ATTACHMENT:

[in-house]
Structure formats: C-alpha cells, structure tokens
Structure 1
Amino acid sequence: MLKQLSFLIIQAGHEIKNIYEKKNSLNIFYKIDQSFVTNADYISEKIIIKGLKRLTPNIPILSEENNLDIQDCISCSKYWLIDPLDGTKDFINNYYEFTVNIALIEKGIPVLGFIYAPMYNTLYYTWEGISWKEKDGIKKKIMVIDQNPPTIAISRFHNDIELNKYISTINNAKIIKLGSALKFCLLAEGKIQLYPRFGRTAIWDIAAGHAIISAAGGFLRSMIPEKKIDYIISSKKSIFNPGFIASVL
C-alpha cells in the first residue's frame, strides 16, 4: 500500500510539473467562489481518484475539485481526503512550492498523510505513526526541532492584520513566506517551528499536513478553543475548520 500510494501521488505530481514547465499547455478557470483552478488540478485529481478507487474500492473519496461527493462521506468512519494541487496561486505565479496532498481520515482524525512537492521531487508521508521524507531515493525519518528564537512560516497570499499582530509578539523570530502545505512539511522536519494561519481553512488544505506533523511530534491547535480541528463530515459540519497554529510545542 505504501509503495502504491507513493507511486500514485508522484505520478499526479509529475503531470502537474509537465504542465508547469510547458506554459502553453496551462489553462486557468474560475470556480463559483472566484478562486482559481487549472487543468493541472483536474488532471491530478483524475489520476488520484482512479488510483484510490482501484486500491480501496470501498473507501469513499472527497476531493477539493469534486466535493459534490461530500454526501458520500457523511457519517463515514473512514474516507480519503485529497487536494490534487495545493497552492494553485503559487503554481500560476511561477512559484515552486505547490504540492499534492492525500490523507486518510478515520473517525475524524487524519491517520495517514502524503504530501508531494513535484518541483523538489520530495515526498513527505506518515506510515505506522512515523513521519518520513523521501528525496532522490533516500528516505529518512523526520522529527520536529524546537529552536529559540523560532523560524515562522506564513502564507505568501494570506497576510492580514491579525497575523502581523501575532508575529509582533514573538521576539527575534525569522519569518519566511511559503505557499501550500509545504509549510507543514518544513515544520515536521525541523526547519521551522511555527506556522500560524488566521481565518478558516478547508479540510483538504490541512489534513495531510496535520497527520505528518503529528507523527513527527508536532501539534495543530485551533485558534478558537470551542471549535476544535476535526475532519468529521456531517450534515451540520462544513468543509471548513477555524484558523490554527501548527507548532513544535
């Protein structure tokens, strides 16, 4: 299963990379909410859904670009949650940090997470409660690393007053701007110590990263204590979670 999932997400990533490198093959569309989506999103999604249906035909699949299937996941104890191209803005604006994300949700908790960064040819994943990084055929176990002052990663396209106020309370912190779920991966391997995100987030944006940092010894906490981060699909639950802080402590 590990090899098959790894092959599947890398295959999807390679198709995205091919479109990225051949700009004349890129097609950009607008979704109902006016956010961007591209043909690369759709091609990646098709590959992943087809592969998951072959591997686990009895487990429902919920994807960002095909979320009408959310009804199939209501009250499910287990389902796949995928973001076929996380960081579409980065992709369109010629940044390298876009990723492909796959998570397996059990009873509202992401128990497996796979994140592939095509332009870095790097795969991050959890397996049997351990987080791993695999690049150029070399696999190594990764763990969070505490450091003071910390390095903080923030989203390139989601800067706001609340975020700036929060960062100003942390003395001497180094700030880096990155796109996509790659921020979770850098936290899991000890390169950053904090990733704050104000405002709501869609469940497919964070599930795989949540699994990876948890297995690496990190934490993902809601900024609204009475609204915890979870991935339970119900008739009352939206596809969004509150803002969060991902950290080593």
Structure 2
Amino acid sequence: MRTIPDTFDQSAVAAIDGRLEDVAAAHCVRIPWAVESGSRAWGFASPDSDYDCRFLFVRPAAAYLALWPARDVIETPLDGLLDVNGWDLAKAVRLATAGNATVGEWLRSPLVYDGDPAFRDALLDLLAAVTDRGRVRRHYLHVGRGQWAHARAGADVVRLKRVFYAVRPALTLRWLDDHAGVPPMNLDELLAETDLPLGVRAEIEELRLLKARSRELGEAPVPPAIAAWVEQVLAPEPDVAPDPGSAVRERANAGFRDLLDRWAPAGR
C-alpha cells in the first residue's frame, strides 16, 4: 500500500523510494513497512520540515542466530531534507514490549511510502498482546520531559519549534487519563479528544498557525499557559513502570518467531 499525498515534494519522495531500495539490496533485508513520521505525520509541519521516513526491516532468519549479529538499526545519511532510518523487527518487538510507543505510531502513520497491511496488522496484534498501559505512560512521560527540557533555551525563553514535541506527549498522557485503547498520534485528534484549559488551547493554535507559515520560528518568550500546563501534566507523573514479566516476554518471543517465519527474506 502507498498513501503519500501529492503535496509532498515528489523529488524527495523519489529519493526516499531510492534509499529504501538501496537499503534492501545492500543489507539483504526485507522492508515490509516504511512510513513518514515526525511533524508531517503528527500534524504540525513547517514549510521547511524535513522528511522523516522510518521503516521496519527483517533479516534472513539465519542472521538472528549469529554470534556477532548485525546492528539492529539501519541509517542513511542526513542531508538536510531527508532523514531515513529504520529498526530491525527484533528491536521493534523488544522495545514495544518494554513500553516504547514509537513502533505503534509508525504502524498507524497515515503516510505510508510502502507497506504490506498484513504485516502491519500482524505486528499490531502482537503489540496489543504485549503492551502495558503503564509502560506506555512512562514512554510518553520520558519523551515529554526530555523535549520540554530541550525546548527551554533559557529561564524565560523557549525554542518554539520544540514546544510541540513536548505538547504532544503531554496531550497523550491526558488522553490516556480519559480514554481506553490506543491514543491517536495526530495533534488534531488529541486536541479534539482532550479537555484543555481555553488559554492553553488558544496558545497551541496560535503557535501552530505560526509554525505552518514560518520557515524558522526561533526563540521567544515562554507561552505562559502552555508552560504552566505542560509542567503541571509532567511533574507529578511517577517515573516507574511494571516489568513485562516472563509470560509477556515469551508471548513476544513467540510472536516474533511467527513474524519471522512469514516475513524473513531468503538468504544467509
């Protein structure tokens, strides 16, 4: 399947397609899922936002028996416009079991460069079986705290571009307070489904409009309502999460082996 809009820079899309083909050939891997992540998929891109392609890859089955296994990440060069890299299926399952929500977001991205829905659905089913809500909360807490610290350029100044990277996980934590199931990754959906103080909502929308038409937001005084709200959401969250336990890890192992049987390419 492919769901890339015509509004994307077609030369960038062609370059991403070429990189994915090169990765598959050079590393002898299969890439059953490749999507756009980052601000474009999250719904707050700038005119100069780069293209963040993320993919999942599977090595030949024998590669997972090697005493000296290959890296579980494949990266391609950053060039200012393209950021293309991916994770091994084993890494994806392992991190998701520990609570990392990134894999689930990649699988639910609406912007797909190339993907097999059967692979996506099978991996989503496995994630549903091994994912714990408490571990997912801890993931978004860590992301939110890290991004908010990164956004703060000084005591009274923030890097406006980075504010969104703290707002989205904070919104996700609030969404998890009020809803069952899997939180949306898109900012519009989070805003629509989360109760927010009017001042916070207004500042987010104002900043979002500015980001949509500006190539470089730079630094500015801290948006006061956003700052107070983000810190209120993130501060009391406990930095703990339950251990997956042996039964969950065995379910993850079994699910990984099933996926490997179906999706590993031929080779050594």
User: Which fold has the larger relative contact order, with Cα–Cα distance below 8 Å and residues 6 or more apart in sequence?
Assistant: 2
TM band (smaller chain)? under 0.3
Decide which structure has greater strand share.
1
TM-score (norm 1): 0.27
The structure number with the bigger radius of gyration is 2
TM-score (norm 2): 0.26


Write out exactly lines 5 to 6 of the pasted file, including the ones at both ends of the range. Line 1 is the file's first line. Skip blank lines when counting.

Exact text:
C-alpha cells in the first residue's frame, strides 16, 4: 500500500510539473467562489481518484475539485481526503512550492498523510505513526526541532492584520513566506517551528499536513478553543475548520 500510494501521488505530481514547465499547455478557470483552478488540478485529481478507487474500492473519496461527493462521506468512519494541487496561486505565479496532498481520515482524525512537492521531487508521508521524507531515493525519518528564537512560516497570499499582530509578539523570530502545505512539511522536519494561519481553512488544505506533523511530534491547535480541528463530515459540519497554529510545542 505504501509503495502504491507513493507511486500514485508522484505520478499526479509529475503531470502537474509537465504542465508547469510547458506554459502553453496551462489553462486557468474560475470556480463559483472566484478562486482559481487549472487543468493541472483536474488532471491530478483524475489520476488520484482512479488510483484510490482501484486500491480501496470501498473507501469513499472527497476531493477539493469534486466535493459534490461530500454526501458520500457523511457519517463515514473512514474516507480519503485529497487536494490534487495545493497552492494553485503559487503554481500560476511561477512559484515552486505547490504540492499534492492525500490523507486518510478515520473517525475524524487524519491517520495517514502524503504530501508531494513535484518541483523538489520530495515526498513527505506518515506510515505506522512515523513521519518520513523521501528525496532522490533516500528516505529518512523526520522529527520536529524546537529552536529559540523560532523560524515562522506564513502564507505568501494570506497576510492580514491579525497575523502581523501575532508575529509582533514573538521576539527575534525569522519569518519566511511559503505557499501550500509545504509549510507543514518544513515544520515536521525541523526547519521551522511555527506556522500560524488566521481565518478558516478547508479540510483538504490541512489534513495531510496535520497527520505528518503529528507523527513527527508536532501539534495543530485551533485558534478558537470551542471549535476544535476535526475532519468529521456531517450534515451540520462544513468543509471548513477555524484558523490554527501548527507548532513544535
């Protein structure tokens, strides 16, 4: 299963990379909410859904670009949650940090997470409660690393007053701007110590990263204590979670 999932997400990533490198093959569309989506999103999604249906035909699949299937996941104890191209803005604006994300949700908790960064040819994943990084055929176990002052990663396209106020309370912190779920991966391997995100987030944006940092010894906490981060699909639950802080402590 590990090899098959790894092959599947890398295959999807390679198709995205091919479109990225051949700009004349890129097609950009607008979704109902006016956010961007591209043909690369759709091609990646098709590959992943087809592969998951072959591997686990009895487990429902919920994807960002095909979320009408959310009804199939209501009250499910287990389902796949995928973001076929996380960081579409980065992709369109010629940044390298876009990723492909796959998570397996059990009873509202992401128990497996796979994140592939095509332009870095790097795969991050959890397996049997351990987080791993695999690049150029070399696999190594990764763990969070505490450091003071910390390095903080923030989203390139989601800067706001609340975020700036929060960062100003942390003395001497180094700030880096990155796109996509790659921020979770850098936290899991000890390169950053904090990733704050104000405002709501869609469940497919964070599930795989949540699994990876948890297995690496990190934490993902809601900024609204009475609204915890979870991935339970119900008739009352939206596809969004509150803002969060991902950290080593």